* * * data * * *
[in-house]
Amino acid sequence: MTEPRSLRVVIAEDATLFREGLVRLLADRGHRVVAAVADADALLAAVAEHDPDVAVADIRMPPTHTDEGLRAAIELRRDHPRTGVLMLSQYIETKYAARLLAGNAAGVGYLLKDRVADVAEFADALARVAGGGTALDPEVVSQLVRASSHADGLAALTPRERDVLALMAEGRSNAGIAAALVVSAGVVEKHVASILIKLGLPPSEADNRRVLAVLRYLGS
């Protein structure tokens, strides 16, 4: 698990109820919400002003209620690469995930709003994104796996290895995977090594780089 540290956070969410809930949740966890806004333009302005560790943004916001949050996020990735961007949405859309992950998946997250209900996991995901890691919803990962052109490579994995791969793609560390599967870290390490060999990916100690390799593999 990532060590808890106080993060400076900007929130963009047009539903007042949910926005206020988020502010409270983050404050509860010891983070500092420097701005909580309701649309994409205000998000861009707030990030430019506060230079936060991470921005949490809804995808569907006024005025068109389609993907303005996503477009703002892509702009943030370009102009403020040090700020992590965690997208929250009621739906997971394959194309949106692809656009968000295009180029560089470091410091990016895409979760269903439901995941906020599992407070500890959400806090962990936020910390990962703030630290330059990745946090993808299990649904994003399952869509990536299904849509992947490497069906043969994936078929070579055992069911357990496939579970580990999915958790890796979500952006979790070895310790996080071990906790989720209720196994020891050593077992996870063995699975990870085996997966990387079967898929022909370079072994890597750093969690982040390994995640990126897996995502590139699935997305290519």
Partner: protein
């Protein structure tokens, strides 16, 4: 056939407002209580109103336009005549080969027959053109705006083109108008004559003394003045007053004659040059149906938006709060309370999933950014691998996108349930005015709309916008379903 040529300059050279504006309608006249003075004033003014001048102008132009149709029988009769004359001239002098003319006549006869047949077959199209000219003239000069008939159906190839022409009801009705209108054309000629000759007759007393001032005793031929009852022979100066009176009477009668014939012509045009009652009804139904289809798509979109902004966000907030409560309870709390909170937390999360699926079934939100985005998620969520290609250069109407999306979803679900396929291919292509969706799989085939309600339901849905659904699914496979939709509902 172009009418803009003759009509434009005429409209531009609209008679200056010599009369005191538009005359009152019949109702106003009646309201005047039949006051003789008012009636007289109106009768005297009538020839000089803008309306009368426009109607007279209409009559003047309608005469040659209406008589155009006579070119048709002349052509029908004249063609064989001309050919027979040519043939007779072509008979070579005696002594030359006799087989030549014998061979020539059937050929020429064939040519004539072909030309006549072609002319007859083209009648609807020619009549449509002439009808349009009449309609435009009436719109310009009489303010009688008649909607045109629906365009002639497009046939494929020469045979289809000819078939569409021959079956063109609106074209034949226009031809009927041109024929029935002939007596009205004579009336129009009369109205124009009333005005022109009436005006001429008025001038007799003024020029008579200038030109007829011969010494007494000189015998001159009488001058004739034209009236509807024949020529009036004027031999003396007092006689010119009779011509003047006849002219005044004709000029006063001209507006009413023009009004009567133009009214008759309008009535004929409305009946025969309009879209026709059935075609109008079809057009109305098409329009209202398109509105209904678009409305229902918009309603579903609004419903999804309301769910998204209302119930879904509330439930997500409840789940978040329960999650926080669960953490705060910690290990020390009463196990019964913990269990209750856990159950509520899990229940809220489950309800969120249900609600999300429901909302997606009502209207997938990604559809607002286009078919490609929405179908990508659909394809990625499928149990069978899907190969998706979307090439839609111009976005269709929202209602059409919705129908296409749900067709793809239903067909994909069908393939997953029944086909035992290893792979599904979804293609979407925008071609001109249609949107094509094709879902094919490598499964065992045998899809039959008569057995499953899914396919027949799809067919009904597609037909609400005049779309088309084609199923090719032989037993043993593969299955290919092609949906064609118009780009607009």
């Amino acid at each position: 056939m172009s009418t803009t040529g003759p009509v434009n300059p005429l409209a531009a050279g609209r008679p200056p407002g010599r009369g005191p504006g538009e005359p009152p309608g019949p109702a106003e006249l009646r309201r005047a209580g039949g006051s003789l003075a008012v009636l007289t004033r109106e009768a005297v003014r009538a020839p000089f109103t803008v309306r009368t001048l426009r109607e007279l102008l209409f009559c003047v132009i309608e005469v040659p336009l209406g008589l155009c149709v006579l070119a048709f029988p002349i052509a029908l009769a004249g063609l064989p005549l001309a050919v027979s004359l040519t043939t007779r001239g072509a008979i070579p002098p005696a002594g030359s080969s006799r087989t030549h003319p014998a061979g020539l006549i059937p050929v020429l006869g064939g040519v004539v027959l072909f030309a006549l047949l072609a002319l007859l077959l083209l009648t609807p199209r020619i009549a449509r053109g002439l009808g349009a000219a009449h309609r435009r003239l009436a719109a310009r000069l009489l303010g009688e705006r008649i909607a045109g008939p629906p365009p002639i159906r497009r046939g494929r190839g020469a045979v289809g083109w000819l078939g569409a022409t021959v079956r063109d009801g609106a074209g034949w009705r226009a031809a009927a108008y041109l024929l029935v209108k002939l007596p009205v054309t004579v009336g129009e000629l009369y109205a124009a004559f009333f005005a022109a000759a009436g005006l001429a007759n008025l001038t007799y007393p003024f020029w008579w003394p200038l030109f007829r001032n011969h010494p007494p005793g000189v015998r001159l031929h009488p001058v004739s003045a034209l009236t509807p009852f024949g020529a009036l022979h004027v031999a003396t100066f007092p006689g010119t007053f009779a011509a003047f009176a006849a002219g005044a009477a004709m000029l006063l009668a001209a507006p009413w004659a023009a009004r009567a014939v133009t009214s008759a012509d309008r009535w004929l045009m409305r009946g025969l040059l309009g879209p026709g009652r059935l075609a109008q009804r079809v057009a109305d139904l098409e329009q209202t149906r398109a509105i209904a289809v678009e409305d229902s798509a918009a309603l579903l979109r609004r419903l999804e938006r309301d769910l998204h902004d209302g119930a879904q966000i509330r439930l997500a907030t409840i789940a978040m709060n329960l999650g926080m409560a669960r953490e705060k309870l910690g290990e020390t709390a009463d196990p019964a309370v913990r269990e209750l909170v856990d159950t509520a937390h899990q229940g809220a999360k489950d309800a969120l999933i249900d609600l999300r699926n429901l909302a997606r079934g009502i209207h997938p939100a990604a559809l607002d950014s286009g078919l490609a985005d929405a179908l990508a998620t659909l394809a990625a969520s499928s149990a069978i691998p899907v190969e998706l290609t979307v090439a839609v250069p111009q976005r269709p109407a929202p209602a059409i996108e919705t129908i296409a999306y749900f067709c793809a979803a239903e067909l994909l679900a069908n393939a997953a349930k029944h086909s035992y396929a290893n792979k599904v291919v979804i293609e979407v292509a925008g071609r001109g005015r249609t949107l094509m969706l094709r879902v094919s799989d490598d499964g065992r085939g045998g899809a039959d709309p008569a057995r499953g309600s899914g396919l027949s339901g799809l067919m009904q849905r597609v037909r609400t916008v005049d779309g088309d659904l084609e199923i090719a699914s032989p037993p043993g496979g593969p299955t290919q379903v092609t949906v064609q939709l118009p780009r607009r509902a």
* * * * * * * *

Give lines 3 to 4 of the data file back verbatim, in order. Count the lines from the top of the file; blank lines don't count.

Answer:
């Protein structure tokens, strides 16, 4: 698990109820919400002003209620690469995930709003994104796996290895995977090594780089 540290956070969410809930949740966890806004333009302005560790943004916001949050996020990735961007949405859309992950998946997250209900996991995901890691919803990962052109490579994995791969793609560390599967870290390490060999990916100690390799593999 990532060590808890106080993060400076900007929130963009047009539903007042949910926005206020988020502010409270983050404050509860010891983070500092420097701005909580309701649309994409205000998000861009707030990030430019506060230079936060991470921005949490809804995808569907006024005025068109389609993907303005996503477009703002892509702009943030370009102009403020040090700020992590965690997208929250009621739906997971394959194309949106692809656009968000295009180029560089470091410091990016895409979760269903439901995941906020599992407070500890959400806090962990936020910390990962703030630290330059990745946090993808299990649904994003399952869509990536299904849509992947490497069906043969994936078929070579055992069911357990496939579970580990999915958790890796979500952006979790070895310790996080071990906790989720209720196994020891050593077992996870063995699975990870085996997966990387079967898929022909370079072994890597750093969690982040390994995640990126897996995502590139699935997305290519």
Partner: protein